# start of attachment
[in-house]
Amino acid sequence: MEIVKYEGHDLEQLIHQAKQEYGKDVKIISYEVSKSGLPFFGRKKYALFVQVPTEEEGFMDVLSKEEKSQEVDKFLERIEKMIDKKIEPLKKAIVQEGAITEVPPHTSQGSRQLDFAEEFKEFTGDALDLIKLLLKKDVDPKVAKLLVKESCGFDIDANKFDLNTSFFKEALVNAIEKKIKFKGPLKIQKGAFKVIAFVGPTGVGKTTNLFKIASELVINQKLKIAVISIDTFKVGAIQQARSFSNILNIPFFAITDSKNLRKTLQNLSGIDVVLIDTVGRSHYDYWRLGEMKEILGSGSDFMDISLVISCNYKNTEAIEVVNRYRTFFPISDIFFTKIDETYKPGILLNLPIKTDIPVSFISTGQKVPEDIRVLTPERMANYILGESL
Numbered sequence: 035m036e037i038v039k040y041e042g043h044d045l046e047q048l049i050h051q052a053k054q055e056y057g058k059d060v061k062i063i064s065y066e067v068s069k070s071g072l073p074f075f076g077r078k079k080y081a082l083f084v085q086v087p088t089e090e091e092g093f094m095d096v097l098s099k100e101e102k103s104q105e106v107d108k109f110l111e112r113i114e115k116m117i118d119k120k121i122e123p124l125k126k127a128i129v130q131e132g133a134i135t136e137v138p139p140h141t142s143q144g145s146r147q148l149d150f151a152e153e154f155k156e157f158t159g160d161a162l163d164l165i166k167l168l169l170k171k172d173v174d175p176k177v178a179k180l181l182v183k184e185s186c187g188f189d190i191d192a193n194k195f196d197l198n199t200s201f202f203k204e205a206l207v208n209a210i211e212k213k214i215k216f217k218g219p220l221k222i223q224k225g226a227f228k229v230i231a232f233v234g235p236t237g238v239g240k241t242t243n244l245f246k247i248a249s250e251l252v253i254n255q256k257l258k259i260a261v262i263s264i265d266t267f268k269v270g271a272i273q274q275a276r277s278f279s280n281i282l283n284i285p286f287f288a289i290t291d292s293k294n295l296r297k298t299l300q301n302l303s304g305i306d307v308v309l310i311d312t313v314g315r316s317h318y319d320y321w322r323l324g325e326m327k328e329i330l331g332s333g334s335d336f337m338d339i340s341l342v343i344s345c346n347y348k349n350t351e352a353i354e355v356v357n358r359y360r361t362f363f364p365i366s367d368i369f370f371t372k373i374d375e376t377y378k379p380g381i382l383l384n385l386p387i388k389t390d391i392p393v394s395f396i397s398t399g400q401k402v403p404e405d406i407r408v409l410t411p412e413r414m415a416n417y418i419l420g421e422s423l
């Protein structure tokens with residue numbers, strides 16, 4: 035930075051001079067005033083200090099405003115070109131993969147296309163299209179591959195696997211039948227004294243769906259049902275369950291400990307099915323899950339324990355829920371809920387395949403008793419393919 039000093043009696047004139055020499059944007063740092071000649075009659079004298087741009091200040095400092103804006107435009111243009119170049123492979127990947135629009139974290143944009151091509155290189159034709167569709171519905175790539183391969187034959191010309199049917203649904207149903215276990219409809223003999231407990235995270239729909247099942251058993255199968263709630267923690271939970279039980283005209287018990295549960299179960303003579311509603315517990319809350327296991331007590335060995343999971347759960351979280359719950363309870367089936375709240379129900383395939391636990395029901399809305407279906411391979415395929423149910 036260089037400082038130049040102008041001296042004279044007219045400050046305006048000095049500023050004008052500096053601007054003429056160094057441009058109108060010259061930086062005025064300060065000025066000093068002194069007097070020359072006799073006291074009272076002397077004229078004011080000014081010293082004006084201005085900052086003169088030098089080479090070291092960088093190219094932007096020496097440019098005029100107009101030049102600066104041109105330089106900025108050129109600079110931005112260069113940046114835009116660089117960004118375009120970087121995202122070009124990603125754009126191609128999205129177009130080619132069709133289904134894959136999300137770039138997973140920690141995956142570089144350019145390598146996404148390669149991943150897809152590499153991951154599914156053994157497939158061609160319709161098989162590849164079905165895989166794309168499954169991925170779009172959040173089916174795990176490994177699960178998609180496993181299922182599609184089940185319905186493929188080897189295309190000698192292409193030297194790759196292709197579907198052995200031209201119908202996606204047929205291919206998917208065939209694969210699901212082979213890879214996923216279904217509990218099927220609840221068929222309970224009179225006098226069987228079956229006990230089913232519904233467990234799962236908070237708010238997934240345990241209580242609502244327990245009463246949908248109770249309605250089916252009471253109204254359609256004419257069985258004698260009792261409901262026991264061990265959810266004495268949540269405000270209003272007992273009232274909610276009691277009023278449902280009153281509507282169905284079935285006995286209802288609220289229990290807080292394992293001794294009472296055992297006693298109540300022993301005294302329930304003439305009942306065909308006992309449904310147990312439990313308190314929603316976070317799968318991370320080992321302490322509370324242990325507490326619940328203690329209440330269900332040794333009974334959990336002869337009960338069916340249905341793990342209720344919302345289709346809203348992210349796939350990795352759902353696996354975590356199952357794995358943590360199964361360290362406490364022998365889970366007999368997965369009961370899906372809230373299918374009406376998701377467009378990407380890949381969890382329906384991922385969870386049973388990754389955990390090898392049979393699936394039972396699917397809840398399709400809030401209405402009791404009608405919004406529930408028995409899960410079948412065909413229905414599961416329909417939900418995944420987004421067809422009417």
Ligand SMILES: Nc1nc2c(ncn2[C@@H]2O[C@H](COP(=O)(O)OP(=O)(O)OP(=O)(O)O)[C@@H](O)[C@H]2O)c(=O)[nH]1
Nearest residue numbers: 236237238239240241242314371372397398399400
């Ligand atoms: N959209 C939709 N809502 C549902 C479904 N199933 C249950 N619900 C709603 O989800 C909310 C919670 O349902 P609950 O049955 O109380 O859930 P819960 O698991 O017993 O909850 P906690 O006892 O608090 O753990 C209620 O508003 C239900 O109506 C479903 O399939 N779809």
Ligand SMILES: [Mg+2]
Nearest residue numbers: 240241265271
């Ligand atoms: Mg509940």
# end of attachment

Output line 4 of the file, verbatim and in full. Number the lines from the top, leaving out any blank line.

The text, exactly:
């Protein structure tokens with residue numbers, strides 16, 4: 035930075051001079067005033083200090099405003115070109131993969147296309163299209179591959195696997211039948227004294243769906259049902275369950291400990307099915323899950339324990355829920371809920387395949403008793419393919 039000093043009696047004139055020499059944007063740092071000649075009659079004298087741009091200040095400092103804006107435009111243009119170049123492979127990947135629009139974290143944009151091509155290189159034709167569709171519905175790539183391969187034959191010309199049917203649904207149903215276990219409809223003999231407990235995270239729909247099942251058993255199968263709630267923690271939970279039980283005209287018990295549960299179960303003579311509603315517990319809350327296991331007590335060995343999971347759960351979280359719950363309870367089936375709240379129900383395939391636990395029901399809305407279906411391979415395929423149910 036260089037400082038130049040102008041001296042004279044007219045400050046305006048000095049500023050004008052500096053601007054003429056160094057441009058109108060010259061930086062005025064300060065000025066000093068002194069007097070020359072006799073006291074009272076002397077004229078004011080000014081010293082004006084201005085900052086003169088030098089080479090070291092960088093190219094932007096020496097440019098005029100107009101030049102600066104041109105330089106900025108050129109600079110931005112260069113940046114835009116660089117960004118375009120970087121995202122070009124990603125754009126191609128999205129177009130080619132069709133289904134894959136999300137770039138997973140920690141995956142570089144350019145390598146996404148390669149991943150897809152590499153991951154599914156053994157497939158061609160319709161098989162590849164079905165895989166794309168499954169991925170779009172959040173089916174795990176490994177699960178998609180496993181299922182599609184089940185319905186493929188080897189295309190000698192292409193030297194790759196292709197579907198052995200031209201119908202996606204047929205291919206998917208065939209694969210699901212082979213890879214996923216279904217509990218099927220609840221068929222309970224009179225006098226069987228079956229006990230089913232519904233467990234799962236908070237708010238997934240345990241209580242609502244327990245009463246949908248109770249309605250089916252009471253109204254359609256004419257069985258004698260009792261409901262026991264061990265959810266004495268949540269405000270209003272007992273009232274909610276009691277009023278449902280009153281509507282169905284079935285006995286209802288609220289229990290807080292394992293001794294009472296055992297006693298109540300022993301005294302329930304003439305009942306065909308006992309449904310147990312439990313308190314929603316976070317799968318991370320080992321302490322509370324242990325507490326619940328203690329209440330269900332040794333009974334959990336002869337009960338069916340249905341793990342209720344919302345289709346809203348992210349796939350990795352759902353696996354975590356199952357794995358943590360199964361360290362406490364022998365889970366007999368997965369009961370899906372809230373299918374009406376998701377467009378990407380890949381969890382329906384991922385969870386049973388990754389955990390090898392049979393699936394039972396699917397809840398399709400809030401209405402009791404009608405919004406529930408028995409899960410079948412065909413229905414599961416329909417939900418995944420987004421067809422009417």